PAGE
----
ATC presents: On the move with Pseushi and Salomon

It’s the first week of Spring and we’ve run into Wes at a corner coffee shop. We’re both early, on our way to shoot him in the new Salomon XT-4 range. It’s a positive time for Wes - his wholesale business is reaching new heights, and the latest collection is releasing in November. Despite the overwhelming positivity radiating around him, when asked how he feels about the shoot he displays the shy humility he’s become known for. Salomon has approached him to hero the release, and he humbly deflects the self-importance. The Sydney pollen descends on us both as we weep onto location.

Pseushi is a brand on the cusp of commercial success. In its 8th year, he’s made it through infancy and the associated trials of a new business, whilst remaining proudly independent and local. Within his own circles he’s known to be a listener and observer. Quiet, curious and relentlessly inquisitive. Never content being still, always seeking answers to questions not quite formed. The outcome is a man always on the go. Philosophical in thought and tactical in action, Wes moves through the world at a calculated pace.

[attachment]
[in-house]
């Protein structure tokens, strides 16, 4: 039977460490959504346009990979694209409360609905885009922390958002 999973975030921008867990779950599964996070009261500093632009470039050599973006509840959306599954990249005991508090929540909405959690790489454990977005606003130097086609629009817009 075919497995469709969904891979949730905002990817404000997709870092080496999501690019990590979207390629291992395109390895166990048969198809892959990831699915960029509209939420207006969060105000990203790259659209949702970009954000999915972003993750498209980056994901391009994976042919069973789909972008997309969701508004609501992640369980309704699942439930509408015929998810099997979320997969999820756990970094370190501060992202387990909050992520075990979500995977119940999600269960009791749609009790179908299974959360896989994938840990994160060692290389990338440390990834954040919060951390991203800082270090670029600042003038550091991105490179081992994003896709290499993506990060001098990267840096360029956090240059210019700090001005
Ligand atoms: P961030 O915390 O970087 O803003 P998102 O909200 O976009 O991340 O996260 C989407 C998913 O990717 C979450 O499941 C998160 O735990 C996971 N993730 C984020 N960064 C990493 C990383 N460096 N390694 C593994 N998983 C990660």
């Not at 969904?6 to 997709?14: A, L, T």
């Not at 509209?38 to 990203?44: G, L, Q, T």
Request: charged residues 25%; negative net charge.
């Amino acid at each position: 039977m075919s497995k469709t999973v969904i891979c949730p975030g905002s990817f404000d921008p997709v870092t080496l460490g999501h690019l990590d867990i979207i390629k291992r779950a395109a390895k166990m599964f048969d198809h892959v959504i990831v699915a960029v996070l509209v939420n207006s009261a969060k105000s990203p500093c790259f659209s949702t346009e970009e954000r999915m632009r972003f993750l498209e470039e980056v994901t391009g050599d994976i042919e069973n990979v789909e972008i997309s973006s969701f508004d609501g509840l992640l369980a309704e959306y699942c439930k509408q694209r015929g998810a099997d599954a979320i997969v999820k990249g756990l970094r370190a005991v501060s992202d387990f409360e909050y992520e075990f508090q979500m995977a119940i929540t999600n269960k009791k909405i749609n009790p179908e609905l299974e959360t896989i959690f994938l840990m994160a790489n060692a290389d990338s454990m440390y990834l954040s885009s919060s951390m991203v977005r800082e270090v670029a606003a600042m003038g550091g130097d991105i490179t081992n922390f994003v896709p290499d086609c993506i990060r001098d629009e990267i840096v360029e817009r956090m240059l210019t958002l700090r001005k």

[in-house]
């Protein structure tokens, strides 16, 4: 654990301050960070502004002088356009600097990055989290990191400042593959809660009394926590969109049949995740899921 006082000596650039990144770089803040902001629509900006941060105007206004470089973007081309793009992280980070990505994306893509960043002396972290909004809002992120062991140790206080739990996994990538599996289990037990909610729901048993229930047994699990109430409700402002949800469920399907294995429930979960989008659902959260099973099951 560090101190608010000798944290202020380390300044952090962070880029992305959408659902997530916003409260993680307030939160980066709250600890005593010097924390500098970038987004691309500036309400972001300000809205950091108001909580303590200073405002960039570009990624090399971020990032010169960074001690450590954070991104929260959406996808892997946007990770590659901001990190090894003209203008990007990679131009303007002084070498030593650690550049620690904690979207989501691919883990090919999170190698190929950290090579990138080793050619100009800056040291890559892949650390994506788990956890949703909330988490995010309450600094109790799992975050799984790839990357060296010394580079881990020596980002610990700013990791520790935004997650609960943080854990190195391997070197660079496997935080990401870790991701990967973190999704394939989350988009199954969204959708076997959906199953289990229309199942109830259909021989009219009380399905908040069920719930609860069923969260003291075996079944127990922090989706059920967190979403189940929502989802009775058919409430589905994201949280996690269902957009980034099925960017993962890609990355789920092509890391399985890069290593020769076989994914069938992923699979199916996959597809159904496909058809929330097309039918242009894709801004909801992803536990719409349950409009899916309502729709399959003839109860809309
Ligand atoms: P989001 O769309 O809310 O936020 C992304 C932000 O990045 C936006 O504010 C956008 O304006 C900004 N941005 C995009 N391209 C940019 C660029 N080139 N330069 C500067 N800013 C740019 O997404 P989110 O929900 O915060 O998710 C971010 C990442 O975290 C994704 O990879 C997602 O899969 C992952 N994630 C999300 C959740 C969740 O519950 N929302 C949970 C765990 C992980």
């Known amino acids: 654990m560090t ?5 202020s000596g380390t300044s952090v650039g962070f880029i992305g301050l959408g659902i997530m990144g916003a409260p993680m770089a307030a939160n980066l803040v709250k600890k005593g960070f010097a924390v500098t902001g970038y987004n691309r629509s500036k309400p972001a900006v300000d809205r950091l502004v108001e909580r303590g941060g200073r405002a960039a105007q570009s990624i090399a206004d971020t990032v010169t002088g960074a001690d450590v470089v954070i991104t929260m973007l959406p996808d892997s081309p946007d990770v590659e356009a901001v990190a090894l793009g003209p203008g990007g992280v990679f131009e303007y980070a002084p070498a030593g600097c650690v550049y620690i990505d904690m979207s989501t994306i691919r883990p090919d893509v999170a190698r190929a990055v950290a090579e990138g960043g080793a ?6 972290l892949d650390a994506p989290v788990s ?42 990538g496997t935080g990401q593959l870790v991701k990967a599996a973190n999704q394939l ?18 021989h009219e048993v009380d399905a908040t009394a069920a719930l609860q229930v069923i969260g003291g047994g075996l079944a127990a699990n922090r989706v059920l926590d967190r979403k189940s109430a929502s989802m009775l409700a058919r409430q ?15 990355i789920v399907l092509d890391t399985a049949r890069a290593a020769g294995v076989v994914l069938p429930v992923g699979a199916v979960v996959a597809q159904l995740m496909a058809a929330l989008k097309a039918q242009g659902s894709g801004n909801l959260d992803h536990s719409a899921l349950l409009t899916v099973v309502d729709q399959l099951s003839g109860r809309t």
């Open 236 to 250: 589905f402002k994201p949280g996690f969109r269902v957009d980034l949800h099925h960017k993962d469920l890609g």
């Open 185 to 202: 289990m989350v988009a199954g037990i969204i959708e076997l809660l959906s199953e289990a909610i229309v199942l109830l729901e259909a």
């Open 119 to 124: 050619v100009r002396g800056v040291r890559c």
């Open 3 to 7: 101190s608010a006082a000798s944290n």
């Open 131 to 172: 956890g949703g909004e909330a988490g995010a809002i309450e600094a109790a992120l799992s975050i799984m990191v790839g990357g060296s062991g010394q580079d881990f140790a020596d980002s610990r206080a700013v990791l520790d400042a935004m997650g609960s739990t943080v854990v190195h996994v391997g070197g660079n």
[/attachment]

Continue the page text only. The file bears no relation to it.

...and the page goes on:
The Salomon XT-4 range represents the working shoe. Practical and supportive for creative thinkers and do-ers just like Wes. The XT-4 is not a hiking shoe, nor is it a fashion shoe. Above The Clouds has captured Wes in various states of action, moving with him throughout his standard day. The alignment couldn’t be better suited.

Pseushi is Wes’ self-described learning journal. The physical embodiment of his reading, learnings, teachings and emotions. We spoke to Wes about where he’s at and where he’s going, on behalf of Salomon and the XT-4 range:

Tell us a bit about Pseushi and how it came to be.